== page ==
Overdrive Week: The 85% Rule – with Eyal Levi of UKM / Unstoppable Recording Machine – OD Pedals

There’s no magical piece of audio equipment that works the same way for every situation 100% of the time. It just doesn’t exist. And you can take that further by saying that there’s no approach to recording and mixing audio that works 100% of the time. You have to be willing to try different things. And you have to work very hard to kill your preconceived notions that a certain piece of gear is going to be “the one.”


I have noticed that there is some gear that works out most of the time. I call it my 85% gear pile. It’s taken me 15 years to really refine what’s in my 85% pile but I gotta say, it really works. 85% of the time the stuff in this pile gets the job done well for whatever record I’m working on.

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Some random reamping session. Notice all the pedals I’m not using.

Why are there so many overdrive pedals and what difference does it make which you use? Well, there’s a couple of reasons for why I think there’s so many:

1. It’s a cash grab. Everyone wants the latest shiny gadget.
2. Same reason there’s so many spices in a spice rack. You always need flavor, right?

OD pedals can range from being crappy tone destroyers all the way to providing that last 10% your guitar tone really needed. There’s thousands out there and they all do something slightly different. Some neuter your low end, while some keep it under control. Some give your highs the right amount of extra harmonics while some just add a layer of noise. Some give your clean tone the perfect grit that helps it blend with the mix. Out of all the good ones I’ve tried I find that it’s more about the subtle differences. Do you like Kosher salt or Sea salt? The bottom line is that there’s thousands to choose from, but when it comes down to it, only a chosen few will get the job done. Just remember, a classic is a classic for a good reason. That said, in this blog, I’ve covered both new and crushing as well as tried and true.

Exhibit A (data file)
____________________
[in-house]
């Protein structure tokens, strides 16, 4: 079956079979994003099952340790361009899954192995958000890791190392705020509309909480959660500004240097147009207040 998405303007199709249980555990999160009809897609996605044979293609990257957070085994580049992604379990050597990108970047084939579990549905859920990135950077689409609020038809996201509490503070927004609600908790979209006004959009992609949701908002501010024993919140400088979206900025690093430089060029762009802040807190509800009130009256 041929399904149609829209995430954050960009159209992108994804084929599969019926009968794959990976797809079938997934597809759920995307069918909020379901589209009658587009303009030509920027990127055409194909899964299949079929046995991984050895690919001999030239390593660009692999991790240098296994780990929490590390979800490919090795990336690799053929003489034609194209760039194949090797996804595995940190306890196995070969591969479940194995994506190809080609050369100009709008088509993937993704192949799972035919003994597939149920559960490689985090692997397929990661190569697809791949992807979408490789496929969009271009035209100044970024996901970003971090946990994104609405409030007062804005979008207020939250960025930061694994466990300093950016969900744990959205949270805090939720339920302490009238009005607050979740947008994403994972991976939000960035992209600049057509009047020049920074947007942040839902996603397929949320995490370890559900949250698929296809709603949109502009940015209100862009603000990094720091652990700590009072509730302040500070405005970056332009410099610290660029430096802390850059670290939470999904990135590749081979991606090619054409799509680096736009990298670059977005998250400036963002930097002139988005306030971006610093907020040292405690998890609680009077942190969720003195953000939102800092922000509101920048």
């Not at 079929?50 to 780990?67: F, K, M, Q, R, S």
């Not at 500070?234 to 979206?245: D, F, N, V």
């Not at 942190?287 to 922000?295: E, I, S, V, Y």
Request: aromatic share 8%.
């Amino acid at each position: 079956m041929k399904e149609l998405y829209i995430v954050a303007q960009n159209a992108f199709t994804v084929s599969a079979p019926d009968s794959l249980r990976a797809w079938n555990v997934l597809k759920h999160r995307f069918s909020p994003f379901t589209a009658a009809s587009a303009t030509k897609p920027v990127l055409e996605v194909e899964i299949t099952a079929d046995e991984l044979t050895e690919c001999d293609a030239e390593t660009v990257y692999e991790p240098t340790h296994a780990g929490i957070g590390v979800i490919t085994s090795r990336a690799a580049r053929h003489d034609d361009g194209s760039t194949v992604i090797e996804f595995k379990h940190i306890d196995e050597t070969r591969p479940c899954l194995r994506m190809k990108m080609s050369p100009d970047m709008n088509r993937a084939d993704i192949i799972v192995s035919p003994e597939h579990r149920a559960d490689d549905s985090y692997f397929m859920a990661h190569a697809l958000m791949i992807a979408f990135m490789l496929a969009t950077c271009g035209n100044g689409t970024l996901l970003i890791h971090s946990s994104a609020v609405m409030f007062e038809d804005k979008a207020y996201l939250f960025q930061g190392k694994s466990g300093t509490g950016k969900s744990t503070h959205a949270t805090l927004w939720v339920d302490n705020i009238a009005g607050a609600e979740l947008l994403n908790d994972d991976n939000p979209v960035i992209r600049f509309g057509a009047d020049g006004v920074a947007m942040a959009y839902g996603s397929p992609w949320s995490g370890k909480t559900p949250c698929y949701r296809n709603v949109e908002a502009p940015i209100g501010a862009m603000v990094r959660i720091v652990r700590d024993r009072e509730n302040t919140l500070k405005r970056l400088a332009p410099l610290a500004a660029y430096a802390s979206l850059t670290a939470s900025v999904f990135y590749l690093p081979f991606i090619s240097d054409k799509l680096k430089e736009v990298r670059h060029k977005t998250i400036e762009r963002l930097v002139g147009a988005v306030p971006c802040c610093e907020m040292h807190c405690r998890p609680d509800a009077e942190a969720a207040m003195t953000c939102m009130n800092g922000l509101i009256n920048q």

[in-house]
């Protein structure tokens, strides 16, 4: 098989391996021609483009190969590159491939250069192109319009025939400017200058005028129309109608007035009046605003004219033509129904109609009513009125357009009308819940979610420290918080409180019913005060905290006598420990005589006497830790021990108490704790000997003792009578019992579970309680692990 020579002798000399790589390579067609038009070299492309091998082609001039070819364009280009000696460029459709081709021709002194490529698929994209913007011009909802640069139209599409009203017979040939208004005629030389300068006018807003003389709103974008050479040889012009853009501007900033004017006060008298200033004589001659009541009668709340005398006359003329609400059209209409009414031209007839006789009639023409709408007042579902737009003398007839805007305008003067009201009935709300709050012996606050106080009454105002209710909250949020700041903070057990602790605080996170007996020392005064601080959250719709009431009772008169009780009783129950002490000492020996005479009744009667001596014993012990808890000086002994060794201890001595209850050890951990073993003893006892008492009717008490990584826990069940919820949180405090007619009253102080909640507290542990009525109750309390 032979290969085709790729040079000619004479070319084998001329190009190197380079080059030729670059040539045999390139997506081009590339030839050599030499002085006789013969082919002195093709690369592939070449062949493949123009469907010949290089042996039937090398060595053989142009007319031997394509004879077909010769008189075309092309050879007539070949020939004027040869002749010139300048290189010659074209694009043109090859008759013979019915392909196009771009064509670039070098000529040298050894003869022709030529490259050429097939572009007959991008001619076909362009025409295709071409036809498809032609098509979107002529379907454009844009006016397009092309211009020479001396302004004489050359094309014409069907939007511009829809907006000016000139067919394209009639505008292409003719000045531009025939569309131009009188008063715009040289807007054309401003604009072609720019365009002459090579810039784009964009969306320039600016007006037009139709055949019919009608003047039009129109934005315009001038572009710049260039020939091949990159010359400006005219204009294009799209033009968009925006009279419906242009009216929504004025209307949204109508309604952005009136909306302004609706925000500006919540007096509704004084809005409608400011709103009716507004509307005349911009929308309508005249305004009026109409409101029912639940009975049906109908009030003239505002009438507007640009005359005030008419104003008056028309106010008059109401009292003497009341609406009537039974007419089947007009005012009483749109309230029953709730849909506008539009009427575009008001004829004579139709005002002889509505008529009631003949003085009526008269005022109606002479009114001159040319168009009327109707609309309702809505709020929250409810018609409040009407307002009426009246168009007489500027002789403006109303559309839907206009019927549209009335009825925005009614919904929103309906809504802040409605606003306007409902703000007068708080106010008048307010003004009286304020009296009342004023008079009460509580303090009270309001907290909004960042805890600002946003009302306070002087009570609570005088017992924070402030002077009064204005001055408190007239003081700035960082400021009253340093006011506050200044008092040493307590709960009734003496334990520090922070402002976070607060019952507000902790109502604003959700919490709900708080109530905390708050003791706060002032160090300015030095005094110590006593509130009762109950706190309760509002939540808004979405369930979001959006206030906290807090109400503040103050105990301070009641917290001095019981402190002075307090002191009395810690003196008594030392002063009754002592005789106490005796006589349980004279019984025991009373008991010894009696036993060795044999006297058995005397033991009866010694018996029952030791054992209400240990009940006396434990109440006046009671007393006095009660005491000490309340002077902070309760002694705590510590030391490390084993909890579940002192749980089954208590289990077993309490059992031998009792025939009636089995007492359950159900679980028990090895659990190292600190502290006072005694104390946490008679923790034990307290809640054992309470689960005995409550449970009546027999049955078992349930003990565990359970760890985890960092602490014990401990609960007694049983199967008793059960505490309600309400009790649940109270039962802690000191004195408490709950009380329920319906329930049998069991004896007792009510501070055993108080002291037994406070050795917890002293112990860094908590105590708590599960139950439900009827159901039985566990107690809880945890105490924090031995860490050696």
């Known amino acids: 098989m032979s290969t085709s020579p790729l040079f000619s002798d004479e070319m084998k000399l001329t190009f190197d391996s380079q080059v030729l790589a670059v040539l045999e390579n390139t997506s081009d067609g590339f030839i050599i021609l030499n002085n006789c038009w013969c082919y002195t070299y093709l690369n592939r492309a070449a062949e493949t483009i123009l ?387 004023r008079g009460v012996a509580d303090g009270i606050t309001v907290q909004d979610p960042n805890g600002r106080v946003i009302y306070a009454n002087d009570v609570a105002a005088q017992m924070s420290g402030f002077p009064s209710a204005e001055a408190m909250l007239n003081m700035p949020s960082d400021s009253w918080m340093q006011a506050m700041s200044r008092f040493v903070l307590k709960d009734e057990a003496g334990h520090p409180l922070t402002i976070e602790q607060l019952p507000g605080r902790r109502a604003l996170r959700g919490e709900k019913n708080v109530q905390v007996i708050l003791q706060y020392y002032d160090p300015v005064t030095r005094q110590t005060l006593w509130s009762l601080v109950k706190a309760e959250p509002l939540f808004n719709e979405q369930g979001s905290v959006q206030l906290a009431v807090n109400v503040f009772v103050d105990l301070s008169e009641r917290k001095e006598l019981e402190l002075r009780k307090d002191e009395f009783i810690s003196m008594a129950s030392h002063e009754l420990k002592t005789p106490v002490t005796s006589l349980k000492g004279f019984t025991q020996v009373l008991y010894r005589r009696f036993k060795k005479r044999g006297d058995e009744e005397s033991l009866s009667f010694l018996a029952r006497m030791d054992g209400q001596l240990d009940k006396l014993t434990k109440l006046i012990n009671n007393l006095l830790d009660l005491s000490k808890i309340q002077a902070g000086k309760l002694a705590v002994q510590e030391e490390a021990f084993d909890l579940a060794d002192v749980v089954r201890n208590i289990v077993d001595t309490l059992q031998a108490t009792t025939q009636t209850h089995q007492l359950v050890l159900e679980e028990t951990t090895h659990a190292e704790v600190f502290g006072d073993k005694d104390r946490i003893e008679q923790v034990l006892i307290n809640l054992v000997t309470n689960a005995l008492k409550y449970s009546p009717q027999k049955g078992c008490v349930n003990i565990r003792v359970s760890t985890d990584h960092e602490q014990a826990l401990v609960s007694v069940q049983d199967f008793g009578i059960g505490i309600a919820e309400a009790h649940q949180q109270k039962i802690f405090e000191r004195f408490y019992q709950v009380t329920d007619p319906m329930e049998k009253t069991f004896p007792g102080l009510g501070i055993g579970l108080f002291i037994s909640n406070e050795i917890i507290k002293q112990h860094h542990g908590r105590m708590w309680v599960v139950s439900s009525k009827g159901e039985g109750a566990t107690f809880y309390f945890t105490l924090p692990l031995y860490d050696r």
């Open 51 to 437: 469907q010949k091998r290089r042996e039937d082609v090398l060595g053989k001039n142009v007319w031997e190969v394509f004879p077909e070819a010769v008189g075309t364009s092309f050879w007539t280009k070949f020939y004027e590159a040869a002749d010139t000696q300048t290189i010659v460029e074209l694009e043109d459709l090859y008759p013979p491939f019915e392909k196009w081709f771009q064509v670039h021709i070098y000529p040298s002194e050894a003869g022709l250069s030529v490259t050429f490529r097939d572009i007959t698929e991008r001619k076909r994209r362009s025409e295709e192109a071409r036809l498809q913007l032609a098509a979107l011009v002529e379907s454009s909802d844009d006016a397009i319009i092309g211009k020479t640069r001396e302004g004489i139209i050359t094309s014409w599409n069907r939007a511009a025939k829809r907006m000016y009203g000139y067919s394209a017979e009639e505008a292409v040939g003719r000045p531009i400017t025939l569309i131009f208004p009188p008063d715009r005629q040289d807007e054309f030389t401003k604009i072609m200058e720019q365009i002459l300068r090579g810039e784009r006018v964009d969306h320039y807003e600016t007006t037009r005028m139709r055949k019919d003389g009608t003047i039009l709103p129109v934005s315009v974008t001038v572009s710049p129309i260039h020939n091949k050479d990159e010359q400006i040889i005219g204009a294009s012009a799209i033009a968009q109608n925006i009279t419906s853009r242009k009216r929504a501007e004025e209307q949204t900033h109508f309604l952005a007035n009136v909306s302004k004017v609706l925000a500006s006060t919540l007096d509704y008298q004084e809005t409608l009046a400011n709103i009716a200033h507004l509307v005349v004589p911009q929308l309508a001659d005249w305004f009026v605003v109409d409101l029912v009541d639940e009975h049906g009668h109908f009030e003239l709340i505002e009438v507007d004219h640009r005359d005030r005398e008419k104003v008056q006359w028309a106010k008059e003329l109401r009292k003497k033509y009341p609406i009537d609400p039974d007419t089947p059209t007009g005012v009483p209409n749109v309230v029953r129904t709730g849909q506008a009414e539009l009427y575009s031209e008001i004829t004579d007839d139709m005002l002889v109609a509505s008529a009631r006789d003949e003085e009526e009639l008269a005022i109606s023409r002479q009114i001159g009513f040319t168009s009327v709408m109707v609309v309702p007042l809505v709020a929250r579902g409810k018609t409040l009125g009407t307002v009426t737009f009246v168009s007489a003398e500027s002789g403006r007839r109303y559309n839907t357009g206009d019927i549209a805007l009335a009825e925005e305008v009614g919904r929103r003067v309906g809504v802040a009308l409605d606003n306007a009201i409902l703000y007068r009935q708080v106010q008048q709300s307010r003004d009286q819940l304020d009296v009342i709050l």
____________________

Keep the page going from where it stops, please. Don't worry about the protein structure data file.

In my career I have tried out more OD Pedals than I can remember, but for some reason I always find myself coming back to the same 4. This isn’t to say that there aren’t other great ones out there, just that for some reason these keep winning the tone battle for me. Also, let me just add that these are all very similar to my ears. Any one of these four pedals will sound great, if you use it properly. It’s hard to talk about sonic differences when they’re ever so slight but here goes anyways. Here are my 4 desert island overdrive pedals… and in no particular order.

1. Pro Tone Pedals Keith Merrow Overdrive – Discontinued

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Reamping into a Kemper, sometime, somewhere.

You could call this a Tube Screamer with teeth. Or you could call it a more precision oriented Dead Horse. This one is refined for the high gain guitarist. You know, kind of like Keith Merrow, the guy it’s named after. This is my favorite OD to put in front of a Kemper Profiling amp. Something about it seems to take to the profiles very well. Sometimes things can get funky when you combine OD pedals and the Kemper, but this pedal handles itself well. You have a ton of drive control thanks to where the break up point is. Even when driven super hard it gives you a lot of useable distortion, rather than a ridiculous amount of life ending noise. Just like the Dead Horse, it’s low end roll off is a bit higher than a Tube Screamer which is why it sounds fatter. Unfortunately you’re going to have to find this one on Ebay or my personal favorite Reverb.com. Sounds great on anything but it’s particularly good with Kempers and Axe Fx.

2. Ibanez Hand Wired Tube Screamer

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I know this is a pic of an original tube screamer, but I couldn’t find one of my hand wired. Sorry.